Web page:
A low-fat content such as 1% milk fat and oatmeal milk enhanced the number of probiotic bacteria that survived through the stomach acid.
Therefore, if you are taking a non-enteric coated probiotic supplement, the best time to take probiotics is 30 minutes before a meal with low-fat content.
Moreover, a heavy meal is not advised as it can prolong the digestive process and expose probiotic bacteria to stomach acid for too long before it gets to the small or large intestine.
Therefore the best time to take probiotics for most people is before breakfast since they usually have a heavy meal for lunch or dinner.
A 2017 study refuted that Lactobacillus and Bifidobacterium are not affected by stomach acid and food intake.
Healthy participants were asked to take probiotics 30 minutes before breakfast, while the other half took it 30 minutes after breakfast.
After one month of consistent intake of a probiotic supplement containing Lactobacillus and Bifidobacterium, both groups showed an improvement in gut health.
All participants who took the probiotic supplements with food or on an empty stomach had an increase in probiotic bacteria in their gut, leading to a reduction in bad bacteria.
2) Taking probiotics in the morning or at bedtime
Since taking a probiotic on an empty stomach is often advised and supported by research. The best time to take probiotics is on an empty stomach in the morning.
You can take probiotics 30 minutes before breakfast or once you wake up. Most people have less active digestion at this time.
It prevents the probiotic supplement from prolonged exposure to stomach acid.
However, some individuals prefer to take probiotics in the evening before bedtime.
If you eat your last meal early and wait 2-3 hours before taking probiotics, your stomach will be less active.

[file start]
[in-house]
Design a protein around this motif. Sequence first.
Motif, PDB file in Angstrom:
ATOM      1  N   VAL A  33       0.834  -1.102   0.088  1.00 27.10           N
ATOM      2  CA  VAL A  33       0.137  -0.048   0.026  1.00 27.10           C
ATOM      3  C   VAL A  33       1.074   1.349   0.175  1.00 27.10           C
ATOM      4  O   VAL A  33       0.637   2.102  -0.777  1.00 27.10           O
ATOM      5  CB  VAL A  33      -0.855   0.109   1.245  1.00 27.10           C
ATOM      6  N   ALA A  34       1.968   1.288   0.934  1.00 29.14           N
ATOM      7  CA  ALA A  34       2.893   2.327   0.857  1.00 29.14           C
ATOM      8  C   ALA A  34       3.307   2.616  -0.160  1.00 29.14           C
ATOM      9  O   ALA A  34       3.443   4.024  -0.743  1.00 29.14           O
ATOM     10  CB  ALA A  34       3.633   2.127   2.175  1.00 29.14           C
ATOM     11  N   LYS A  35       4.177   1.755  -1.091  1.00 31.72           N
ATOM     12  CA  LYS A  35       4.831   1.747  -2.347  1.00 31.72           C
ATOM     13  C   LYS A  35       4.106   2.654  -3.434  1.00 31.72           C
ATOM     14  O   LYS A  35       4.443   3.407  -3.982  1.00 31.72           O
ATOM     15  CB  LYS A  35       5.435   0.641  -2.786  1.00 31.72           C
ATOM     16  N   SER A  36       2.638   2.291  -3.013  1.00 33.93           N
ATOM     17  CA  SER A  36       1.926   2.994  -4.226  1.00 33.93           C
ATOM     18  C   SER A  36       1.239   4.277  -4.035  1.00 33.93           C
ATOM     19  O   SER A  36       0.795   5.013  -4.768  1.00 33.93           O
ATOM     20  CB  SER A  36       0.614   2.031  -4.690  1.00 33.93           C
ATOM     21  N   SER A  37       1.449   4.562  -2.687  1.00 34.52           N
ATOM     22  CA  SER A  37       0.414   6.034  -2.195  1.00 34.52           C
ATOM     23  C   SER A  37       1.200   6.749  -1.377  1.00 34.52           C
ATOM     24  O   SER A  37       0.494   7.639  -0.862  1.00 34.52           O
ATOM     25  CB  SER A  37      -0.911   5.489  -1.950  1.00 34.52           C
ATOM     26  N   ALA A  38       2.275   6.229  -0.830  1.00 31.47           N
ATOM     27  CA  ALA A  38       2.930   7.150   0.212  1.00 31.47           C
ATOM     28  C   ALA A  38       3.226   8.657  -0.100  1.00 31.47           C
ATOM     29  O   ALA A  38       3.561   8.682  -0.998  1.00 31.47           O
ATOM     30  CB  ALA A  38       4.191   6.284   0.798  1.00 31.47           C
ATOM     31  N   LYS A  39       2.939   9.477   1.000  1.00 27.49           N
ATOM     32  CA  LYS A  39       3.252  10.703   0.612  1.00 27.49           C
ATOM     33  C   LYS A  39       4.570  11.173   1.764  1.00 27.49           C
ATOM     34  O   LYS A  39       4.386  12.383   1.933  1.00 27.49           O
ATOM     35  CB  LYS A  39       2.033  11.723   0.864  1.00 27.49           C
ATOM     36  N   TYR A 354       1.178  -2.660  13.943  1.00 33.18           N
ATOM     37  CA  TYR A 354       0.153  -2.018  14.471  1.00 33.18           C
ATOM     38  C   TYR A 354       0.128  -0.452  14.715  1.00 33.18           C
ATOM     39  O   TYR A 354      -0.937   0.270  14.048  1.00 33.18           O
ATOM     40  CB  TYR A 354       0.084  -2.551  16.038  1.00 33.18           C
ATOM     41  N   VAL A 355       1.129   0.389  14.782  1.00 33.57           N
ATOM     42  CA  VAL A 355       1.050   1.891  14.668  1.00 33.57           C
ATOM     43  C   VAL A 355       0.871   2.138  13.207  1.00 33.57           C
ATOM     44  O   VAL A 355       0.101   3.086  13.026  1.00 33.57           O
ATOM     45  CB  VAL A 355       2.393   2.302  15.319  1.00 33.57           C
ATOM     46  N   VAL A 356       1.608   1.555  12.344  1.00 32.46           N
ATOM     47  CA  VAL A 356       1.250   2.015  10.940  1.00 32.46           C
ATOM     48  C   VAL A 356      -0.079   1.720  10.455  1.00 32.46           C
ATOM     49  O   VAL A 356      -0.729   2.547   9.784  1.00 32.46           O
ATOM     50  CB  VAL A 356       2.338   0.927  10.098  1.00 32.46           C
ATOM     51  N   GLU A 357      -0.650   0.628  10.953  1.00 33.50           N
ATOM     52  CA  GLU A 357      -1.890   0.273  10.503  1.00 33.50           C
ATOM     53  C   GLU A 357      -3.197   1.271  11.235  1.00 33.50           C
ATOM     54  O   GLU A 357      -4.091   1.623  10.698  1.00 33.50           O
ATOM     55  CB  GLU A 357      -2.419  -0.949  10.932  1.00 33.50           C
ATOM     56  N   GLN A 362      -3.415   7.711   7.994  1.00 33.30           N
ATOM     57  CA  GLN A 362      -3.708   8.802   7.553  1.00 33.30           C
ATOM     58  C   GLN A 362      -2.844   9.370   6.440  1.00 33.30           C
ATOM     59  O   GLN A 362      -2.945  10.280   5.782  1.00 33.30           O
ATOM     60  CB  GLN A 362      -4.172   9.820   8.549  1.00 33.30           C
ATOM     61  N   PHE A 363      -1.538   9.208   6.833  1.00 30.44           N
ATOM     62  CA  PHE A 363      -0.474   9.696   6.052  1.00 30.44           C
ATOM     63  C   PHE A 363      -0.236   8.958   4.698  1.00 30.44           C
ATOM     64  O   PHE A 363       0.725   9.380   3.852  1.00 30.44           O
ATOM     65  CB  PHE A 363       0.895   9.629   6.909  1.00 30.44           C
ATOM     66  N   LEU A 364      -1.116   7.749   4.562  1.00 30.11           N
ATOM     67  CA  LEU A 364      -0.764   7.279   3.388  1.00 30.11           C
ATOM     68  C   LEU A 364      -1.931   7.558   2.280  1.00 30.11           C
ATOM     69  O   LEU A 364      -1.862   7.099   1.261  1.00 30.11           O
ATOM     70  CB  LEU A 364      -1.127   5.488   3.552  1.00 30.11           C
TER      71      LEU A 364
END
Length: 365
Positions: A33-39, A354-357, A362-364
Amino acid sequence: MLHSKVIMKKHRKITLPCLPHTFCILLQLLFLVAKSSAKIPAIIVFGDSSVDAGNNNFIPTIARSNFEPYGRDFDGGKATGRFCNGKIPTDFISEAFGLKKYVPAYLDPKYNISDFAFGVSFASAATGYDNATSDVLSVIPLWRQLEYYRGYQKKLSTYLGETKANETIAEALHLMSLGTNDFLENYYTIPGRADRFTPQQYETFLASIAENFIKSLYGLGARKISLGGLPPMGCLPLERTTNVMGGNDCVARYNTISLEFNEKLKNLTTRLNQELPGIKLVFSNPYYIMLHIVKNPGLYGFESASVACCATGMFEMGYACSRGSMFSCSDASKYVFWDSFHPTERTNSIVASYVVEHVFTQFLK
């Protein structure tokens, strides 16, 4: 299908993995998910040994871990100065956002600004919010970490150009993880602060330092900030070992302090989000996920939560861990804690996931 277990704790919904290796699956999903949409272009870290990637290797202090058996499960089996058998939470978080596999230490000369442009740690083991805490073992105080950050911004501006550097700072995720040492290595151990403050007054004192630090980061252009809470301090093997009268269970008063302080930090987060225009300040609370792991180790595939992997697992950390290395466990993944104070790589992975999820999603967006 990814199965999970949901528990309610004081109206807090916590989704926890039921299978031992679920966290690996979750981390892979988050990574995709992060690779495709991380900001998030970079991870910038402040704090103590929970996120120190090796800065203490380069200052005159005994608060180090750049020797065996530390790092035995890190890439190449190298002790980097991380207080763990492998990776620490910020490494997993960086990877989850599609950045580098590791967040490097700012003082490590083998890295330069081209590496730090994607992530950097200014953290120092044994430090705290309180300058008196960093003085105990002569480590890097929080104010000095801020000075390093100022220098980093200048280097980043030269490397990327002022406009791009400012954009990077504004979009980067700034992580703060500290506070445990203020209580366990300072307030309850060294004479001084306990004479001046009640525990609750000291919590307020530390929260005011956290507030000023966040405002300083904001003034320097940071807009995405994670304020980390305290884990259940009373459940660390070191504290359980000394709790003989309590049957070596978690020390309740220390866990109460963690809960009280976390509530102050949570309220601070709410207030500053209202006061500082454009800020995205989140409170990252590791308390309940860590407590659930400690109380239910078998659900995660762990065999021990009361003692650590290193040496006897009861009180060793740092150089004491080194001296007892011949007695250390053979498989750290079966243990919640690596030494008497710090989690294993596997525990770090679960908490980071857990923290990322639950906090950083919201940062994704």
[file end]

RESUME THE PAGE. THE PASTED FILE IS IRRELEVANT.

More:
Both choices are valid as long as you follow the time before and after meals to ensure that you take your probiotic supplement on an empty stomach.
Nevertheless, if you take an enteric-coated tablet or delayed-release capsule, you can take them at any time. Eventually, what matters is what works best for you.
A consistent commitment to taking your probiotic supplement accompanied with a healthy lifestyle will provide you with the health benefits you need.
Tips for optimal benefits
Take probiotics consistently
Know the type of probiotic supplement you’re taking
Choose a high-quality probiotic supplement
Try different types of probiotic supplements and choose what’s best for you
Consult a functional medicine dietitian for professional advice
A probiotic supplement can have different characteristics that affect your health. How your body reacts to a probiotic will also vary.
Timing, meal composition, stomach acid, survival rate, CFUs, and probiotic strain are a few factors considered when evaluating the efficacy of probiotics.
Deciding the best time to take probiotics may have an impact, but it is also essential to consider other factors.
Nevertheless, according to most research, having probiotics on an empty stomach is an intelligent choice.
Most probiotics have low acid tolerance, and food can cause mild bloating and gas.
A recent study may refute that timing does not cause significant alterations.
Whether you take probiotics on an empty stomach, before breakfast, during meals, or after your last meal, you will reap the benefits of a probiotic supplement.
If you have issues when taking a probiotic at certain times or with specific foods, a functional medicine dietitian may provide professional advice personalized to your needs.